Donovan told CNN that "flippers, investor-owners or scammers" won't be eligible for Obama's plan.

Reports in California offered another potential problem, namely that as few as 10 percent would qualify for the plan, Gnaizda said. But the Obama administration said scrutiny is needed to ensure the right people get relief.

"We're going to check everybody's income when they come into this program. We're going to make sure that people are paying their bills. And more than anything, we're targeting the folks who are playing be the rules," Donovan said.

The administration's proposal builds on the framework of other programs, notably tying payments to a percentage of income as advocated by Federal Deposit Insurance Commission Chairwoman Sheila Bair.

But the Greenlining Institute would like to see a greater effort in the plan to assist low-to-moderate income level homeowners.

"The foreclosure proposals by the president were, on the surface, excellent," Gnaizda said. "But as we've dug into the details, problems have risen. That's the nature of this complex problem."

Gnaizda said he hopes to use the high-profile meetings in Washington with the likes of FDIC Chairwoman Sheila Bair, Secretary of the Treasury Timothy Geithner and Chairman of the House Financial Services Committee Rep. Barney Frank, D- Mass., to advocate a national six-month foreclosure moratorium.

He also wants to urge President Barack Obama to use his leadership skills to negotiate with the chief executives of the nation's banks to begin to solve their problems cooperatively.

"We are going to talk about how the Obama plan can be strengthened and still secure some support form the banking industry," Gnaizda said. "The president has to call the CEOS in, personally, much like he did with Congress (on Monday). He should call them in privately and tell them they are putting at risk the future of the banking industry. It is up to them to propose matters that government can not mandate."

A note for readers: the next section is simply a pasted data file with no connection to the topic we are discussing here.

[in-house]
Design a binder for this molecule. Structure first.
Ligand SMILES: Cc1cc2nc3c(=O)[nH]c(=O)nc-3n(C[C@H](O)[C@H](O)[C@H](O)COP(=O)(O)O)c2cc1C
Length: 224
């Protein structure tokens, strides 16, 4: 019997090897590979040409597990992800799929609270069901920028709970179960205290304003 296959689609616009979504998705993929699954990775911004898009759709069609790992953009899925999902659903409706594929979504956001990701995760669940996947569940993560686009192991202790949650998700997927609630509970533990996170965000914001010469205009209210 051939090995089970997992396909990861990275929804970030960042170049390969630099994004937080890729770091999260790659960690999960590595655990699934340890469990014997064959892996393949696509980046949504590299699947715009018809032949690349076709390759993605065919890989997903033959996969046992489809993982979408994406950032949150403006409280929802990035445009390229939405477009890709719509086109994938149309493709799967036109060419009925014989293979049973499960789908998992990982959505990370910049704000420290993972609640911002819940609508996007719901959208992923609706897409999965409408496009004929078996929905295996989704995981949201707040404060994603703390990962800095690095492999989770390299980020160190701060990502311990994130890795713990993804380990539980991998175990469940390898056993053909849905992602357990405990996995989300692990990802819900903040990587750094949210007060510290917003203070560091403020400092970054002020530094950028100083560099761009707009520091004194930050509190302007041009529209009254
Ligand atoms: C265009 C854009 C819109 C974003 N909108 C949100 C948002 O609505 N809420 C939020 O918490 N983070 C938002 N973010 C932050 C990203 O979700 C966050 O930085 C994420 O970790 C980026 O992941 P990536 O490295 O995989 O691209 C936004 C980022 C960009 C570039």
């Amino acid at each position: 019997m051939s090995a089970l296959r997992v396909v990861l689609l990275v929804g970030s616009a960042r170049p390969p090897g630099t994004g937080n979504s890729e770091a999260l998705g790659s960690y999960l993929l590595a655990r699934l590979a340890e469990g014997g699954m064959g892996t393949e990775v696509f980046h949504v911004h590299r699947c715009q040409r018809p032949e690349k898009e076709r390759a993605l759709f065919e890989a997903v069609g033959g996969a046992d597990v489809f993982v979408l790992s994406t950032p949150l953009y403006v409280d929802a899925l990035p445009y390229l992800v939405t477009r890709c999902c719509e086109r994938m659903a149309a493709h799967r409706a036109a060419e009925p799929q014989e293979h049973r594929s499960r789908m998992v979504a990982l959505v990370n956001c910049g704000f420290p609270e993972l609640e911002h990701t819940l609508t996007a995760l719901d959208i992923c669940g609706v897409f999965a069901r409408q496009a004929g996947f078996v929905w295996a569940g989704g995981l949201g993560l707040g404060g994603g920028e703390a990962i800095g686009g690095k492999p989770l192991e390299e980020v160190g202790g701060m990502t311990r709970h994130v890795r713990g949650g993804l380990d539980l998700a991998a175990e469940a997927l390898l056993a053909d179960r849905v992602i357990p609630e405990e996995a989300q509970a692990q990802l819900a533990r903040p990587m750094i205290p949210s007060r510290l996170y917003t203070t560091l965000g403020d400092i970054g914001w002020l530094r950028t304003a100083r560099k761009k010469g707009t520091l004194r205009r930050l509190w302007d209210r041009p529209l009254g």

Gnaizda said a similar effort by JP Morgan in 1907 saved the banking industry then.

"It was not Teddy Roosevelt who brought the bankers together, it was JP Morgan," Gnaizda said. "He told them what he was going to do, and what he expected the rest of the them to do as well. That's how he saved the industry and some say the country at that time. That's how President Obama can save it again this time."

Still solutions will be hard to come by, Gnaizda admitted.

"There is no absolute answer," he said, which explains why critics on both sides will have plenty of fuel for their fire. Still he acknowledged tremendous satisfaction with how far the foreclosure freeze movement has come since it first began with a small protest against Countrywide's predatory lending practices in San Diego in 2007.

"We've come a long way and we are a long way from finished," he said, "but at least we now have a president who understands the matter, and has more non-legislative skills of any president since Franklin Roosevelt to get things I done."

Lieu said he's looking forward to meeting with the Obama administration, so he can push for a national foreclosure plan, and to advocate for his home state.

"I'd like them to recognize that California is unique," Lieu said. "We account for one-third of all foreclosure filings. The scale is unbelievable."

Lieu said foreclosures is the most inefficient of solutions, with investors losing a large percentage of the money, families being kicked out of their homes while the price of homes drop for those still in the declining neighborhoods.

"If you can mitigate that, it's good policy," he said.